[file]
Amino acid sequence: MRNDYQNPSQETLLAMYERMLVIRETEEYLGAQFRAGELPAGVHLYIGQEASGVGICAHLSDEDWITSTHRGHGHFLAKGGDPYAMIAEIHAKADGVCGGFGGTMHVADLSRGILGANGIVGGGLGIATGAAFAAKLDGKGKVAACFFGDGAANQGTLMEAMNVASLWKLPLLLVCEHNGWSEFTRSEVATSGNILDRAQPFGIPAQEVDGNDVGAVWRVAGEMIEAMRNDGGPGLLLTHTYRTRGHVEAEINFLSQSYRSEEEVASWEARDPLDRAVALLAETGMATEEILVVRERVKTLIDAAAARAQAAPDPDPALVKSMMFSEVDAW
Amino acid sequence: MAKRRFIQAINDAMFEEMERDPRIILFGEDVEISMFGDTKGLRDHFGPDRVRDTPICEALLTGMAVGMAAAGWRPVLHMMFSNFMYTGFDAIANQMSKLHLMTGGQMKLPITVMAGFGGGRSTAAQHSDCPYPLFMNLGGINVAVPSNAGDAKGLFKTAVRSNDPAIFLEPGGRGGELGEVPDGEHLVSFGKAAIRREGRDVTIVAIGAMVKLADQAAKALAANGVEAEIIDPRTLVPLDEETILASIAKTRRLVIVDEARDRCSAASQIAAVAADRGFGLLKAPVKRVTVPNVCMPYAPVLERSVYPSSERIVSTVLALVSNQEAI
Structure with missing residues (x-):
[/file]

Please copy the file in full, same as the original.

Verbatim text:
Amino acid sequence: MRNDYQNPSQETLLAMYERMLVIRETEEYLGAQFRAGELPAGVHLYIGQEASGVGICAHLSDEDWITSTHRGHGHFLAKGGDPYAMIAEIHAKADGVCGGFGGTMHVADLSRGILGANGIVGGGLGIATGAAFAAKLDGKGKVAACFFGDGAANQGTLMEAMNVASLWKLPLLLVCEHNGWSEFTRSEVATSGNILDRAQPFGIPAQEVDGNDVGAVWRVAGEMIEAMRNDGGPGLLLTHTYRTRGHVEAEINFLSQSYRSEEEVASWEARDPLDRAVALLAETGMATEEILVVRERVKTLIDAAAARAQAAPDPDPALVKSMMFSEVDAW
Amino acid sequence: MAKRRFIQAINDAMFEEMERDPRIILFGEDVEISMFGDTKGLRDHFGPDRVRDTPICEALLTGMAVGMAAAGWRPVLHMMFSNFMYTGFDAIANQMSKLHLMTGGQMKLPITVMAGFGGGRSTAAQHSDCPYPLFMNLGGINVAVPSNAGDAKGLFKTAVRSNDPAIFLEPGGRGGELGEVPDGEHLVSFGKAAIRREGRDVTIVAIGAMVKLADQAAKALAANGVEAEIIDPRTLVPLDEETILASIAKTRRLVIVDEARDRCSAASQIAAVAADRGFGLLKAPVKRVTVPNVCMPYAPVLERSVYPSSERIVSTVLALVSNQEAI
Structure with missing residues (x-):